APPELLATE COURT OF ILLINOIS, FOURTH DISTRICT
536 N.E.2d 120, 180 Ill. App. 3d 600, 129 Ill. Dec. 436 1989.IL.296
Appeal from the Circuit Court of McLean County; the Hon. Wayne C. Townley, Jr., Judge, presiding.
PRESIDING JUSTICE McCULLOUGH delivered the opinion of the court. SPITZ and GREEN, JJ., concur.
DECISION OF THE COURT DELIVERED BY THE HONORABLE JUDGE MCCULLOUGH
Plaintiff Katie B. Deiss appeals the circuit court's order denying her petition for declaratory judgment. Plaintiff contends the inter vivos trust of which she is a codonor is void because it violates the rule against perpetuities and the circuit court's finding to the contrary is erroneous. We affirm.
Plaintiff Katie B. Deiss and her husband, Rudolph V. Deiss, established an irrevocable trust on January 29, 1969, with their son, Orville Deiss, as trustee. The corpus of this trust consists of a house in Mason City and farmland located in McLean, Logan, and Mason Counties in Illinois and farmland in Jewel County in Kansas. The trust provides that the trustee shall manage the real estate and pay the mortgages and other encumbrances on the property out of the income received from farming the property. Any net income is paid to Rudolph and Katie. The trustee is given the power to "lease and release" the real estate, including leasing the tract which the trustee then occupied to himself as well as leasing the remaining tracts to the other sons of the donors, Rudolph V. Deiss, Jr., Merle Deiss, and LeRoy Deiss. The trustee is also given the power to mortgage and remortgage the trust property.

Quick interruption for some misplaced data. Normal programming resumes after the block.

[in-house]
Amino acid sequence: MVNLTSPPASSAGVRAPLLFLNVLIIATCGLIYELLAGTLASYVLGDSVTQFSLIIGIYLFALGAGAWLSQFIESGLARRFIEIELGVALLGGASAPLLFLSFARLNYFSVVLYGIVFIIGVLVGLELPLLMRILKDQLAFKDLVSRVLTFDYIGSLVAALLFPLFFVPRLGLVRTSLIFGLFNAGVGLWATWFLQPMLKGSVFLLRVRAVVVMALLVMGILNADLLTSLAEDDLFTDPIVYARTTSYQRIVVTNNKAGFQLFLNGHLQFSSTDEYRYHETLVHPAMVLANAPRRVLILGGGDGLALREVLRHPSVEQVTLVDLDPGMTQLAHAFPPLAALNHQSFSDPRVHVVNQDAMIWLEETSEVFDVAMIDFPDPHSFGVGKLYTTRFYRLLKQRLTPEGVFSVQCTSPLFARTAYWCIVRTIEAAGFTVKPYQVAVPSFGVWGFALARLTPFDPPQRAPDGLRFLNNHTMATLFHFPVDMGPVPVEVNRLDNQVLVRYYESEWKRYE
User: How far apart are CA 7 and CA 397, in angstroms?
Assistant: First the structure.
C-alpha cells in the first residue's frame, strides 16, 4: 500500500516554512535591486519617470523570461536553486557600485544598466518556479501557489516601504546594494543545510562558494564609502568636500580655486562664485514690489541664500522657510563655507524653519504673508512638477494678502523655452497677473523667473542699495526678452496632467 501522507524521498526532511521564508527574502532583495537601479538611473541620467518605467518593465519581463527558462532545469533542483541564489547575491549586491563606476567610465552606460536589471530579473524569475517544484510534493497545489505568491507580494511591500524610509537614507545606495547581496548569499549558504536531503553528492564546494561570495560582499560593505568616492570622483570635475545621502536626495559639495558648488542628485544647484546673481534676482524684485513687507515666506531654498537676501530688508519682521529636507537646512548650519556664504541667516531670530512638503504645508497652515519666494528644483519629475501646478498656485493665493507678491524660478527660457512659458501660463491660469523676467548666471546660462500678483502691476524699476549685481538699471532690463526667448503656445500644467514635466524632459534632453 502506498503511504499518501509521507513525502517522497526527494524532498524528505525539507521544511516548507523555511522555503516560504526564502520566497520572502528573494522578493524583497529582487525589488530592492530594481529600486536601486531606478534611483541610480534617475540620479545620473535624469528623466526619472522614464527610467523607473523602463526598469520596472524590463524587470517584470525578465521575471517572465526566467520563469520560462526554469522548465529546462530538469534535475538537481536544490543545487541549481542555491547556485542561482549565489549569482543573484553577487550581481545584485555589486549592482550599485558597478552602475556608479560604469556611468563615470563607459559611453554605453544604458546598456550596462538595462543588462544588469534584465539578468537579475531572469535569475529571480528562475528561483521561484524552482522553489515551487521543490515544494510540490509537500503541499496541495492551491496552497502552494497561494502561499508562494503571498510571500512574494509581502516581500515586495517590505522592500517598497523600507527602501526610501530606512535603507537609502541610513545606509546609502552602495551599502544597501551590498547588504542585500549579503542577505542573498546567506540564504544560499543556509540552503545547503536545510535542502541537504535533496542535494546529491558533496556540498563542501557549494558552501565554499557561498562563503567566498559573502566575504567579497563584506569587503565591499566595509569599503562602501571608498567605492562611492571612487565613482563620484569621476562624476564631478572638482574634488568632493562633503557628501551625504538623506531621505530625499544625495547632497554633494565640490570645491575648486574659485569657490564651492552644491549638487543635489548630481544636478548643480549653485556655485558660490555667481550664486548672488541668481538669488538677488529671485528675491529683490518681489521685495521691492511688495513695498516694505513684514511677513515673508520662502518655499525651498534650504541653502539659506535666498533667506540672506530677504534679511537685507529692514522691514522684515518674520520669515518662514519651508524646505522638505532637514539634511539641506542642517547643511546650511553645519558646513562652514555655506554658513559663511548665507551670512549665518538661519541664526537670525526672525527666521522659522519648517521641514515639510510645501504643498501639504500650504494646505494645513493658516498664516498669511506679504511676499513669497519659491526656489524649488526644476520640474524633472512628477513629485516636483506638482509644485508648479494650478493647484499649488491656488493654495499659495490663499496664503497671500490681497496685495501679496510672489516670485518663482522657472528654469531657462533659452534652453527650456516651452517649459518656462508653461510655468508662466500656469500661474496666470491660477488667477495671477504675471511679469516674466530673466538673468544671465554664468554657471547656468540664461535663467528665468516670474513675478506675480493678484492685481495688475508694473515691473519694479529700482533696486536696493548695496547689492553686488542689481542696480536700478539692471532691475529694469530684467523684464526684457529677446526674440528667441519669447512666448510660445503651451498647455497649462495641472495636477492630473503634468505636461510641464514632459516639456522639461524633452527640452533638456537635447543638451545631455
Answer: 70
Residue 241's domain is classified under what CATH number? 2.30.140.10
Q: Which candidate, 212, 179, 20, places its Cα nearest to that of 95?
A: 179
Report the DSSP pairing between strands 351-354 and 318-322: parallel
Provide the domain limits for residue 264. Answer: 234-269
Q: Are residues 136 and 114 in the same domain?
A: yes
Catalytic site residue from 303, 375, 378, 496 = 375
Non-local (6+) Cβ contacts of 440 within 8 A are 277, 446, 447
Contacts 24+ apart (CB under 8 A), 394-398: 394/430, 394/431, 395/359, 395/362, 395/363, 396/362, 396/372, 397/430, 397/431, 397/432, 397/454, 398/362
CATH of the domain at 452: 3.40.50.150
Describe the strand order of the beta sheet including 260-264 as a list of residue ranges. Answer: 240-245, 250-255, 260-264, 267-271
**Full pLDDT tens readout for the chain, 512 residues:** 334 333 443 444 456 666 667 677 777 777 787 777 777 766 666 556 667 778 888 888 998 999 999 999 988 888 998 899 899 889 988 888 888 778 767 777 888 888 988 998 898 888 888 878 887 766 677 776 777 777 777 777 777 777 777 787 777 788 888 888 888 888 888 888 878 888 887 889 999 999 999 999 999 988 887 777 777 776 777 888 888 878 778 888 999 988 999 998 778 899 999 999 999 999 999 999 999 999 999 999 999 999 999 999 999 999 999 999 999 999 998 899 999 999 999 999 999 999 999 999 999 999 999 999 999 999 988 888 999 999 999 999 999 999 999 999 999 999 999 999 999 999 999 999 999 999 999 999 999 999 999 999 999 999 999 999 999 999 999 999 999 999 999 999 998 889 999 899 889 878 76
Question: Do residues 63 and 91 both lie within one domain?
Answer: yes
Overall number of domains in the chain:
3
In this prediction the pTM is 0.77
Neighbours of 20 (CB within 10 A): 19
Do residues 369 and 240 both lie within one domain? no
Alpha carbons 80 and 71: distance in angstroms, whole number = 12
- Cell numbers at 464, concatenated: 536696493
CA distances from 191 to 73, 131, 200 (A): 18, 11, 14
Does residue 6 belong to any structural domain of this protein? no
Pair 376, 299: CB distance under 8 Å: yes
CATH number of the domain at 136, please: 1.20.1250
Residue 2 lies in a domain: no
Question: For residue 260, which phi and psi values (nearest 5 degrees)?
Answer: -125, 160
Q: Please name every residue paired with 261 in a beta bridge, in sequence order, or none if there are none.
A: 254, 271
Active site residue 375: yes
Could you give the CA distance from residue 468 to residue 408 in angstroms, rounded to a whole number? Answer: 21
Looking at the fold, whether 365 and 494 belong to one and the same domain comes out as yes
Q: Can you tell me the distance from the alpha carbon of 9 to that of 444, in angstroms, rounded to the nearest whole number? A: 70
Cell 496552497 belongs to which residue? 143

At the first death of Rudolph and Katie, all of the income of the trust is paid to the survivor of them. Rudolph Deiss died on November 15, 1973. The trust continues until Katie's death and all of the mortgages on the trust property are paid in full. After both conditions are met, the corpus and accumulated income of the trust is divided as follows:
Orville Deiss farmland in Mason County
LeRoy Deiss house in Mason City,
Illinois, and farmland in
Each child of the donor receives a life estate in the property and the remainder passes to the children of each named child (grandchildren of the donors), or to his children (great-grandchildren of the donors), should a grandchild predecease his parent.
On July 1, 1987, the plaintiff filed a complaint for declaratory judgment, praying that the trust be declared void because it violates the rule against perpetuities and that the court declare that the defendants, the sons of the plaintiff as well as the present living grandchildren and great-grandchildren of the plaintiff, have no interest in ...